Aspergers Syndrome and understanding others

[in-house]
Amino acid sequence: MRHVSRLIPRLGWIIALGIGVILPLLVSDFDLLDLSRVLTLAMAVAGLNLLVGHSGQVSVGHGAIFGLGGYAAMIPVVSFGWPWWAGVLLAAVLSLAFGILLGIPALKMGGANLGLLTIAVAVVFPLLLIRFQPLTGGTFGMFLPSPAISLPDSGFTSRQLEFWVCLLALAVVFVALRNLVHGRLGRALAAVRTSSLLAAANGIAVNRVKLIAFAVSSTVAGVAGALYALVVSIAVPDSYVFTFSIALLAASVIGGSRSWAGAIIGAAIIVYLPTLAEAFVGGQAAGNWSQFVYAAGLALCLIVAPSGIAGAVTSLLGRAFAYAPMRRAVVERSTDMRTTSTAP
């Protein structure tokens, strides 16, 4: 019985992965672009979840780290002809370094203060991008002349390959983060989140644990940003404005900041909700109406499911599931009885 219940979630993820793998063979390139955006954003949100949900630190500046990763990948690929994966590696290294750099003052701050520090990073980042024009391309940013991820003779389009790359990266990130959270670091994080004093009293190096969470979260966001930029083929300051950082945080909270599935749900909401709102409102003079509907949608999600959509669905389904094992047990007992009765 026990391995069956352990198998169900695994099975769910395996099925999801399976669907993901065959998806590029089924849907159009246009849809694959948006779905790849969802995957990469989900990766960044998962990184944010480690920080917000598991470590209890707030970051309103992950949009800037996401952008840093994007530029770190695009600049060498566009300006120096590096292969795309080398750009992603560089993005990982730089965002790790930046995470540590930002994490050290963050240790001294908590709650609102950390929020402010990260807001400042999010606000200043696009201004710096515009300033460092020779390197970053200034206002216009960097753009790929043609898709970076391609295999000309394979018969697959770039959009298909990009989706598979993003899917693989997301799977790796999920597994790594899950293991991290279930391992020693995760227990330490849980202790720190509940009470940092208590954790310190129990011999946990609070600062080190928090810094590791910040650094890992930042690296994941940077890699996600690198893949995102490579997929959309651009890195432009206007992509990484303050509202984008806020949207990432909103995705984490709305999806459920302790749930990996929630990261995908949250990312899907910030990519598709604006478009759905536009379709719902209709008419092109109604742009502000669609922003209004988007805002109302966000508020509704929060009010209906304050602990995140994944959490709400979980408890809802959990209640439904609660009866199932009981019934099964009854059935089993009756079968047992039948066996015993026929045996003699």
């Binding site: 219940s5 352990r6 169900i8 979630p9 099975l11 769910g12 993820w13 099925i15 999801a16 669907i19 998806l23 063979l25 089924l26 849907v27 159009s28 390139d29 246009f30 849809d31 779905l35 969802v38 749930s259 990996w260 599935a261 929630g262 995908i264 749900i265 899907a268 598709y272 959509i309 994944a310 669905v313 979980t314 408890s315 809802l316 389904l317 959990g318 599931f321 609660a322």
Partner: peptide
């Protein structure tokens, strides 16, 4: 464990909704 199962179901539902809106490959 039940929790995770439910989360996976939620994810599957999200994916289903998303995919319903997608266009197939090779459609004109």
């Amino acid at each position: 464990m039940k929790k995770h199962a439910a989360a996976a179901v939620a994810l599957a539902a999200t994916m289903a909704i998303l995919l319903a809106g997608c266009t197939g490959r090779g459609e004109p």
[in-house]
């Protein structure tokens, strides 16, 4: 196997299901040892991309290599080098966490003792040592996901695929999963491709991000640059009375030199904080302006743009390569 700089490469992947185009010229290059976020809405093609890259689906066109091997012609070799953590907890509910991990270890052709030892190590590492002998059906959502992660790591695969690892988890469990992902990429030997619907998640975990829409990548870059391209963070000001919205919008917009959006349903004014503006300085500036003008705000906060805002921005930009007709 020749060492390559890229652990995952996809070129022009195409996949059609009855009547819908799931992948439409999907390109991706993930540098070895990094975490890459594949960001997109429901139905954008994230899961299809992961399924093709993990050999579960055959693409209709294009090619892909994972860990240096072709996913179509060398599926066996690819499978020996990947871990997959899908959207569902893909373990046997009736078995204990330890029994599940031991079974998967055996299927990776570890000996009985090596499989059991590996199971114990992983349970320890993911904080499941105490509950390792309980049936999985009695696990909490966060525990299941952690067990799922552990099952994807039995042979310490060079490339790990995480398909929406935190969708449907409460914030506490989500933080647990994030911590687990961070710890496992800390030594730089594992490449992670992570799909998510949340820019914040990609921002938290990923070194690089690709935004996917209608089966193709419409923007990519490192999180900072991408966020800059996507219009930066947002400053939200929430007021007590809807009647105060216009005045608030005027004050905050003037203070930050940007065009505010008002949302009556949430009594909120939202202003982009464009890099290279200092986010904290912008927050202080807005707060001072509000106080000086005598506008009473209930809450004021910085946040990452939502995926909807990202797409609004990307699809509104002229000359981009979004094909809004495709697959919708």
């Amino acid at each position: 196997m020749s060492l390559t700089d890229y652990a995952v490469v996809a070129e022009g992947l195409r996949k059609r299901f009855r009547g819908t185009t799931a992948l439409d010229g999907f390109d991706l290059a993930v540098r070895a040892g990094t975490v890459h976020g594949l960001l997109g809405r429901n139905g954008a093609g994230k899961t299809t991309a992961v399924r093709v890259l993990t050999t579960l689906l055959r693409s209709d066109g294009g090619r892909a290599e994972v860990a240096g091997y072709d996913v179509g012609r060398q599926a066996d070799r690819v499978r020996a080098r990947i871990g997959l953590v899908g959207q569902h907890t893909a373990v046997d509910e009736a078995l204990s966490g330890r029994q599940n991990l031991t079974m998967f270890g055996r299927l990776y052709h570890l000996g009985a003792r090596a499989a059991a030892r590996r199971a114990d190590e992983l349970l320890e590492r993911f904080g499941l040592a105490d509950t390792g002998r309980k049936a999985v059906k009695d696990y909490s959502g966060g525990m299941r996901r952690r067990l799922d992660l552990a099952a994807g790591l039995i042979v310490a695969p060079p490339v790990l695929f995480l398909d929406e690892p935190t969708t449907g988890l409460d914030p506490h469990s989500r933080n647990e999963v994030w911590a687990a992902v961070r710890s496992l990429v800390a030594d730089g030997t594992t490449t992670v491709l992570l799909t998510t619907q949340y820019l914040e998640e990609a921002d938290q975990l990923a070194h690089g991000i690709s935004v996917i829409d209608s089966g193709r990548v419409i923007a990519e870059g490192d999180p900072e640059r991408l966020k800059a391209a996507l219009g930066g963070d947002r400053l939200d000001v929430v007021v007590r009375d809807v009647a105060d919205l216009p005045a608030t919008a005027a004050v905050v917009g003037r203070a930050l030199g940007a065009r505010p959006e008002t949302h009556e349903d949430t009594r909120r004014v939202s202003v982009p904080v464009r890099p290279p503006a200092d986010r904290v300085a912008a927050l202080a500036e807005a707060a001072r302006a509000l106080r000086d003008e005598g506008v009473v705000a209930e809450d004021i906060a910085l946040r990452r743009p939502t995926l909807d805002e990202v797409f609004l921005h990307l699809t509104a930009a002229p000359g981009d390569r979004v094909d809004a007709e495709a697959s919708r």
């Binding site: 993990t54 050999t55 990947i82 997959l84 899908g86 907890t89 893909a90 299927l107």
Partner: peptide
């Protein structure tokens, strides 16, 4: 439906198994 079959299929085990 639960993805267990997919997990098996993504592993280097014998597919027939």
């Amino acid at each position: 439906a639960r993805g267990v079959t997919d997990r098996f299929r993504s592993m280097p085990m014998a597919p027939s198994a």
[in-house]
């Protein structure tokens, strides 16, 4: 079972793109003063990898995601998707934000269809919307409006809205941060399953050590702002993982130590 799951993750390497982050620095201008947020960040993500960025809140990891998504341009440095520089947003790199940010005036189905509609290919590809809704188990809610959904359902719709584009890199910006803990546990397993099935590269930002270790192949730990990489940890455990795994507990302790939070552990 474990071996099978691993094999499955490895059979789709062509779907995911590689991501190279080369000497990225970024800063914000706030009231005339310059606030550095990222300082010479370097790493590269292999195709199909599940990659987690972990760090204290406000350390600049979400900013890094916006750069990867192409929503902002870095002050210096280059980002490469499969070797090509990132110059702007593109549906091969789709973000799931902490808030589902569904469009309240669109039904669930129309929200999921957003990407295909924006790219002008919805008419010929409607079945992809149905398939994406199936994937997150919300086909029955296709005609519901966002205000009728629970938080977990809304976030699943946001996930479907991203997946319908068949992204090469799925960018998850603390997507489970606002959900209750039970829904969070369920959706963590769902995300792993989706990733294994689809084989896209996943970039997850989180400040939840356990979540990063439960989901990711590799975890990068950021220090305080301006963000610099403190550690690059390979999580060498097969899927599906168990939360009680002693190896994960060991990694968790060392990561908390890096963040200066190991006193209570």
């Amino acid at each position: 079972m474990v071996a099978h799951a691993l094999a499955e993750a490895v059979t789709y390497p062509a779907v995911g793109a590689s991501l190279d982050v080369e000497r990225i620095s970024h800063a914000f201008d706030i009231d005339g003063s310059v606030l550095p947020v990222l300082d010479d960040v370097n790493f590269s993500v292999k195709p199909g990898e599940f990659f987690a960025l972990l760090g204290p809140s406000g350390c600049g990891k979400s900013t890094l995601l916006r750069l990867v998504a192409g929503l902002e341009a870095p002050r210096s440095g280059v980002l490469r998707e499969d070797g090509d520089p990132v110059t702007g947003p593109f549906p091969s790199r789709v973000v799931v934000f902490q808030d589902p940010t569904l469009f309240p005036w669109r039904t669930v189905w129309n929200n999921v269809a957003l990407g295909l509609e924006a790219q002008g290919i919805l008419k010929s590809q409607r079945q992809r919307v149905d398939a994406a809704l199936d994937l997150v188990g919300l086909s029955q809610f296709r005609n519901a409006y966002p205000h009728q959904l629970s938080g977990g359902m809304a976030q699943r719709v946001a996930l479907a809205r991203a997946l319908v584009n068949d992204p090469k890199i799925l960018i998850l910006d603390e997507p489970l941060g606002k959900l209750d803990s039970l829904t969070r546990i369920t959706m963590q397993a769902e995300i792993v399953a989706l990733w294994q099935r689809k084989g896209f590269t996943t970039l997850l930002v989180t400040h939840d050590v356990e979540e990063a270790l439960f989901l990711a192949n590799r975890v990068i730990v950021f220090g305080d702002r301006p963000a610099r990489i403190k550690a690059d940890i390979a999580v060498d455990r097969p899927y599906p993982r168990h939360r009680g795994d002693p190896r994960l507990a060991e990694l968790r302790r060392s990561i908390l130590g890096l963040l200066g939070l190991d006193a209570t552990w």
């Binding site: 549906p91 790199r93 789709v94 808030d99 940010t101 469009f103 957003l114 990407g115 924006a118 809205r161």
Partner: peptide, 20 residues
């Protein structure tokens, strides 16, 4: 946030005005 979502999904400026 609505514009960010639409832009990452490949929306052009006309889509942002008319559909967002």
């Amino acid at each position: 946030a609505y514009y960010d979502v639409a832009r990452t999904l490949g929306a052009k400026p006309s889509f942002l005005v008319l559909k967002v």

Many people often don’t understand what goes on in the mind of a person with Aspergers Syndrome. Because of their lack of social skills, there are many things that they don’t understand when relating with people. One of the important skills someone on the autistic spectrum needs to learn is insight. A simple definition of the word insight is understanding another person’s actions, thoughts or behavior. One question you might ask when you notice a person doing something unusual is “why do they do that”? For example, at the Computing Workshop summer camp I worked at this summer, I noticed that one of our students would ask if he could be excused to go to the restroom. I noticed that he would ask to be excused when he was working with a staff member that he wasn’t used to working with. My assumption of this situation was that he would ask to go to the bathroom to get out of the stress from working with a different staff member. I also thought that he feared the person would make fun of him for whatever reason. This is one of the things that many kids with an Autistic Spectrum disorder may do to try to get out of a stressful situation. There are two reasons why I wish the staff members worked with this particular student on this issue. First off, in many public schools across America, you have to ask to go to the restroom before you could go. There is also a sign out sheet you have to fill out, and you had to include four things, your name, the time you left and returned, and the reason why you were leaving the room. If this student was in school, and he would constantly ask the teacher if he could go to the restroom, they would most likely say something like “no, go sit down and do your work”. At computing workshop we had a very similar situation with another student, but this particular student had a more severe case of autism, and was also diagnosed with Down Syndrome. He was not able to communicate like most people do, instead he would use a special computer device called a Dynavox.  This device gave him the ability to communicate his emotions and needs, such as when he needed a restroom break or a snack break. He had two therapists working with him the day the staff members noticed this incident, and during instruction time he used the Dynavox to communicate that he needed to go to the restroom. The one therapist rudely snapped at him and said “it’s not time to go to the restroom, it’s time to work”. We didn’t really understand what was going on in this students mind, and what if he really needed a restroom break? A few minutes passed, and he stated that he needed a restroom break on the dynavox again. The therapist then said her usual “it’s not time for a restroom break, it’s time to work”. I then noticed the student get up and try to walk to the restroom himself, then the therapist restrained him and told him to sit down.